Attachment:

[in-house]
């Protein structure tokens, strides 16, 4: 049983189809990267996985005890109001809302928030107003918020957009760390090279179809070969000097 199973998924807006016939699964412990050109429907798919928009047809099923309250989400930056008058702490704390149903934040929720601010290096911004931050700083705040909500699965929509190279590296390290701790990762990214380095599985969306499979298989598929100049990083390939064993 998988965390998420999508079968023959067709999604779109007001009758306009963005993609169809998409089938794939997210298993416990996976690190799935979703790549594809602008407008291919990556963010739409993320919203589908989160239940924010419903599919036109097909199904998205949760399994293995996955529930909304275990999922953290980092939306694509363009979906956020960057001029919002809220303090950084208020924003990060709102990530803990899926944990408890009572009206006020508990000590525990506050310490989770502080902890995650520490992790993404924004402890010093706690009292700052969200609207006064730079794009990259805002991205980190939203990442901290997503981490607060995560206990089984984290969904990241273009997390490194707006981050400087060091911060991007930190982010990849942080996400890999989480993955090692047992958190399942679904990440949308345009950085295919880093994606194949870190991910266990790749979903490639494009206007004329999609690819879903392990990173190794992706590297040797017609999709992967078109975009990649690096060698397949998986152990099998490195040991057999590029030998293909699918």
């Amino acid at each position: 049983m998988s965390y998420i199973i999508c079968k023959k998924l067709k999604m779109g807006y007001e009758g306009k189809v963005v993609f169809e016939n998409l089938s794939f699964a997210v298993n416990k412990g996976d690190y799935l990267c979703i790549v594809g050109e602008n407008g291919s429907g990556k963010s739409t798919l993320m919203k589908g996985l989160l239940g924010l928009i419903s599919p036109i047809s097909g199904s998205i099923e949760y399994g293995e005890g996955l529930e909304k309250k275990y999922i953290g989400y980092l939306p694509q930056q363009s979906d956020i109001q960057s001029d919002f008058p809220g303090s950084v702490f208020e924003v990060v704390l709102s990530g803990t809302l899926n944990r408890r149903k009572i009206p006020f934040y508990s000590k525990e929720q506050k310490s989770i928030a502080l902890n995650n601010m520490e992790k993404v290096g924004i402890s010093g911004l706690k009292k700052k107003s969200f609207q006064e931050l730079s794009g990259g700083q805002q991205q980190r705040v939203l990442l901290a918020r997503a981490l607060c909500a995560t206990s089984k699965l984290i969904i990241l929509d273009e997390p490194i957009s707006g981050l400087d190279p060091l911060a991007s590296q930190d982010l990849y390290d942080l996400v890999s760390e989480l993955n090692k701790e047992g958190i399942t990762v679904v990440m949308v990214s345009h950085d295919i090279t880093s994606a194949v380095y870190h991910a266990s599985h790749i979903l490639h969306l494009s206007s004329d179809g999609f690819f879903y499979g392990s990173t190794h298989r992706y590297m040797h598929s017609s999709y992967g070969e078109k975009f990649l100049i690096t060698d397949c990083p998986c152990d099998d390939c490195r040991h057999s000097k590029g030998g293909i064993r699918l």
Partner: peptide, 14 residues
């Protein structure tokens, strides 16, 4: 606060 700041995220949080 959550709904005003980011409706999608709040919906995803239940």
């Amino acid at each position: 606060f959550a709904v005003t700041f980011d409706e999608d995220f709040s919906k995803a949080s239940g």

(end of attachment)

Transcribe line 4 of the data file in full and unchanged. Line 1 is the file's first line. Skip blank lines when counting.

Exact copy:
Partner: peptide, 14 residues